CLOK logo


CLOK logo

For more information, click on one of the following links.

Why orienteering is different

Map and compass

The seven point plan

At a control

Between controls

At the Start

Compass bearings

Getting lost .... and found again

Punching at the wrong control

Return to the main About Orienteering page

Return to the CLOK home page

Map and compass

The tools that you use to find your way round an orienteering course are a map, a compass and your brain!  This Basic Navigation section covers the use of all three of these.


Orienteering uses specially-produced maps that give a huge amount of detail about the terrain that you're passing through.  There are a number of aspects of these maps that you need to be aware of.

First, they are very large scale compared to other maps that you will have used.  Orienteering maps are generally at a scale of 1:10,000 or 1:15,00.  For comparison, an Ordnance Survey map for walkers will be at a scale of 1:25,000, 1:40,000 or 1:50,000.  If you're used to using Ordnance Survey maps then when you start using an orienteering map you'll get to places sooner than you're expecting to, and you'll tend to over-shoot.  Over the first part of your course pay some attention to getting used to the scale of the map.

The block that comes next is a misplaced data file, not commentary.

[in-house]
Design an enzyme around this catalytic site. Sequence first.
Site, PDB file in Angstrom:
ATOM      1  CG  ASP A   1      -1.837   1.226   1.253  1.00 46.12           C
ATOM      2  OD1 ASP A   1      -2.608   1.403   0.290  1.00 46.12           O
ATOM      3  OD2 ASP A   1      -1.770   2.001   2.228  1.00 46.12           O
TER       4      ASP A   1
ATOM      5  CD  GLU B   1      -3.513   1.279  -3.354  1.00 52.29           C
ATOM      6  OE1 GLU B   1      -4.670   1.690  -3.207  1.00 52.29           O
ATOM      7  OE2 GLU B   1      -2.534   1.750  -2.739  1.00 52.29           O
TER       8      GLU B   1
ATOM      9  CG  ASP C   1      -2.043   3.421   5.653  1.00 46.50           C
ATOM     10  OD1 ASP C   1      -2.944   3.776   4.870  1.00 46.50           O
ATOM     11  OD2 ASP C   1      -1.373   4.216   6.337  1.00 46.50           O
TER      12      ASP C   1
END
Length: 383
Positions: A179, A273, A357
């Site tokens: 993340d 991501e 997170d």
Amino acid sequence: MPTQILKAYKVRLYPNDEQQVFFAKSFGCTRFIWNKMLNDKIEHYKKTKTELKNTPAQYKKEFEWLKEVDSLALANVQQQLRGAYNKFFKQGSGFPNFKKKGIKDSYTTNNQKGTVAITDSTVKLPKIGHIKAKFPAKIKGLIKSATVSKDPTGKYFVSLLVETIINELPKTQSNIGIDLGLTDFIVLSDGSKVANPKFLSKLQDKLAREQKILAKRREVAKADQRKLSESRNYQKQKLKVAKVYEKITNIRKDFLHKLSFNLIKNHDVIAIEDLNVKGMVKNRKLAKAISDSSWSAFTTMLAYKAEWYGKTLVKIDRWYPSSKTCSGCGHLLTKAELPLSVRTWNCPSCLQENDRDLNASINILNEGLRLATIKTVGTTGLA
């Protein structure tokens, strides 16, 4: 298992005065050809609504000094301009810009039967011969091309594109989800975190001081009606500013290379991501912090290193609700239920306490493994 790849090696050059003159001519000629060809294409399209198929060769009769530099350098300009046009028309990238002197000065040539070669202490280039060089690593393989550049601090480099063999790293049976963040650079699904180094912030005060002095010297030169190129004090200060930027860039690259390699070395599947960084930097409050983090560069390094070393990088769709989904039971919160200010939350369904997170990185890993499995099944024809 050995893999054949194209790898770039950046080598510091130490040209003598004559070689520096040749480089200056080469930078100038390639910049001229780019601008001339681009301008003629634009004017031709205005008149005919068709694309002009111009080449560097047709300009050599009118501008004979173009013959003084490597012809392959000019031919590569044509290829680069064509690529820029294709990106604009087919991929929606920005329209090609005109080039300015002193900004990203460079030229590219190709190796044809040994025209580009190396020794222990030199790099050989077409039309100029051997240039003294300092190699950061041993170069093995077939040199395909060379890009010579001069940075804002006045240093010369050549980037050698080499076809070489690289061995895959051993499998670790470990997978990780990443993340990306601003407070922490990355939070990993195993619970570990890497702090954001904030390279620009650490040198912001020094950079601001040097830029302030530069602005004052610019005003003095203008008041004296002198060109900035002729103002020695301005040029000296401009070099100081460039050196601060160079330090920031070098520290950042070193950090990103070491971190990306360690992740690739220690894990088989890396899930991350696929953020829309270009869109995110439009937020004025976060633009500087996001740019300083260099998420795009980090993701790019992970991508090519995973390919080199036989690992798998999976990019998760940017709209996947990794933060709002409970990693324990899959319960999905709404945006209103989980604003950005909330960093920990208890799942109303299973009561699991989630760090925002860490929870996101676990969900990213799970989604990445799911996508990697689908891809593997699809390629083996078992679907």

Second, on an orienteering map runnable forest is white and open land is yellow.  This takes a bit of getting used to.  It's done this way because in Scandinavia, where orienteering started, most of the terrain is covered by forest and it made the maps clearer if this forest was shown as white.

Third, orienteering maps use a comprehensive set of symbols to show everything from paths and walls to individual boulders and small pits.  It wouldn't be realistic to expect you to become an expert in all of those symbols before your first run.  Fortunately, it's not necessary.   If you start off on the less navigationally challenging courses there's a much smaller set of symbols that will be important to you.  Before you set out on your course make sure that you are familiar with the symbols for:
      (1)   Track.  Path.  Ride.
      (2)   Wall.  Fence.  High fence.
      (3)   Stream.  Ditch.
      (4)   Boulder.  Crag.
      (5)   Knoll.  Hill.
      (6)   Pit.  Depression.

Also, be aware that different colours denote different types of forest.  As I mentioned before, open runnable forest is shown as white.  Forest that is a bit thicker - so that you can still run through it, but more slowly - is shown as light green.  Beyond that, the thicker the forest the darker the green.  As a general rule, avoid forest mapped as dark green - it's called "fight" and usually lives up to its name!

Go back to the previous page. Go on to the next page.

Go back to the main About Orienteering page.